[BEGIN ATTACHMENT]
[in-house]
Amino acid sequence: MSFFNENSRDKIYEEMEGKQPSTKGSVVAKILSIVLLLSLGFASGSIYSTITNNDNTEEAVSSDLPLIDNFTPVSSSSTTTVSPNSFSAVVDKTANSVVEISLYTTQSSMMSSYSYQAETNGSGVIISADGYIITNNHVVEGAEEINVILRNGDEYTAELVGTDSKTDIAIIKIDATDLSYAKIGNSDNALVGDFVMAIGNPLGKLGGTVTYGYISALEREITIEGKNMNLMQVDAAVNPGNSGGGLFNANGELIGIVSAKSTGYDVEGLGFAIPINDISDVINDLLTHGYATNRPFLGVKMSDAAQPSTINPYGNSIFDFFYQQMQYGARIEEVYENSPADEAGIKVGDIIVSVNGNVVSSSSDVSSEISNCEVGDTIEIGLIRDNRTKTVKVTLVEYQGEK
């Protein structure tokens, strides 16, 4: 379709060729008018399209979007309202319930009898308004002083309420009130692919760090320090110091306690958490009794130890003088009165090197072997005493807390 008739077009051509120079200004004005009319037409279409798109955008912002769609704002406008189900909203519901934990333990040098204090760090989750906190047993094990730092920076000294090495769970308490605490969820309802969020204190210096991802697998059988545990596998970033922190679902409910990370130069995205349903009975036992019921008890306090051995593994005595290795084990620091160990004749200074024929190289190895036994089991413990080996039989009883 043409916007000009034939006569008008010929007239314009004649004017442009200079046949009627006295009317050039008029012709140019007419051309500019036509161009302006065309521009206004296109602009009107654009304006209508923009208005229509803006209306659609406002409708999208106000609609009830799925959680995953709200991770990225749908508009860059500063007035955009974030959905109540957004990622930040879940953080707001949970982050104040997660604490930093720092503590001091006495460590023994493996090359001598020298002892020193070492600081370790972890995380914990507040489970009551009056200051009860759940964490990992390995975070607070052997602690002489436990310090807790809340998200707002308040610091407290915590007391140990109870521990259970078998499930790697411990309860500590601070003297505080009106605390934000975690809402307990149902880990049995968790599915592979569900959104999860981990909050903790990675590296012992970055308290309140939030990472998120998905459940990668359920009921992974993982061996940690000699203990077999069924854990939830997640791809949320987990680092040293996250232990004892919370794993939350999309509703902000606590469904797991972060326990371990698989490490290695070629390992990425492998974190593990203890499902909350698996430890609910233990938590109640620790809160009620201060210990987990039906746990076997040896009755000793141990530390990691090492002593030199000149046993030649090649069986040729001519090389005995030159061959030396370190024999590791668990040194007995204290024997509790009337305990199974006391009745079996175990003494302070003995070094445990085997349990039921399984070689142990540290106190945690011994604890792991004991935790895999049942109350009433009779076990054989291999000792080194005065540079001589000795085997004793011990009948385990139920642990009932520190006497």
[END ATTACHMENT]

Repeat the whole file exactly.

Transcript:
[in-house]
Amino acid sequence: MSFFNENSRDKIYEEMEGKQPSTKGSVVAKILSIVLLLSLGFASGSIYSTITNNDNTEEAVSSDLPLIDNFTPVSSSSTTTVSPNSFSAVVDKTANSVVEISLYTTQSSMMSSYSYQAETNGSGVIISADGYIITNNHVVEGAEEINVILRNGDEYTAELVGTDSKTDIAIIKIDATDLSYAKIGNSDNALVGDFVMAIGNPLGKLGGTVTYGYISALEREITIEGKNMNLMQVDAAVNPGNSGGGLFNANGELIGIVSAKSTGYDVEGLGFAIPINDISDVINDLLTHGYATNRPFLGVKMSDAAQPSTINPYGNSIFDFFYQQMQYGARIEEVYENSPADEAGIKVGDIIVSVNGNVVSSSSDVSSEISNCEVGDTIEIGLIRDNRTKTVKVTLVEYQGEK
């Protein structure tokens, strides 16, 4: 379709060729008018399209979007309202319930009898308004002083309420009130692919760090320090110091306690958490009794130890003088009165090197072997005493807390 008739077009051509120079200004004005009319037409279409798109955008912002769609704002406008189900909203519901934990333990040098204090760090989750906190047993094990730092920076000294090495769970308490605490969820309802969020204190210096991802697998059988545990596998970033922190679902409910990370130069995205349903009975036992019921008890306090051995593994005595290795084990620091160990004749200074024929190289190895036994089991413990080996039989009883 043409916007000009034939006569008008010929007239314009004649004017442009200079046949009627006295009317050039008029012709140019007419051309500019036509161009302006065309521009206004296109602009009107654009304006209508923009208005229509803006209306659609406002409708999208106000609609009830799925959680995953709200991770990225749908508009860059500063007035955009974030959905109540957004990622930040879940953080707001949970982050104040997660604490930093720092503590001091006495460590023994493996090359001598020298002892020193070492600081370790972890995380914990507040489970009551009056200051009860759940964490990992390995975070607070052997602690002489436990310090807790809340998200707002308040610091407290915590007391140990109870521990259970078998499930790697411990309860500590601070003297505080009106605390934000975690809402307990149902880990049995968790599915592979569900959104999860981990909050903790990675590296012992970055308290309140939030990472998120998905459940990668359920009921992974993982061996940690000699203990077999069924854990939830997640791809949320987990680092040293996250232990004892919370794993939350999309509703902000606590469904797991972060326990371990698989490490290695070629390992990425492998974190593990203890499902909350698996430890609910233990938590109640620790809160009620201060210990987990039906746990076997040896009755000793141990530390990691090492002593030199000149046993030649090649069986040729001519090389005995030159061959030396370190024999590791668990040194007995204290024997509790009337305990199974006391009745079996175990003494302070003995070094445990085997349990039921399984070689142990540290106190945690011994604890792991004991935790895999049942109350009433009779076990054989291999000792080194005065540079001589000795085997004793011990009948385990139920642990009932520190006497």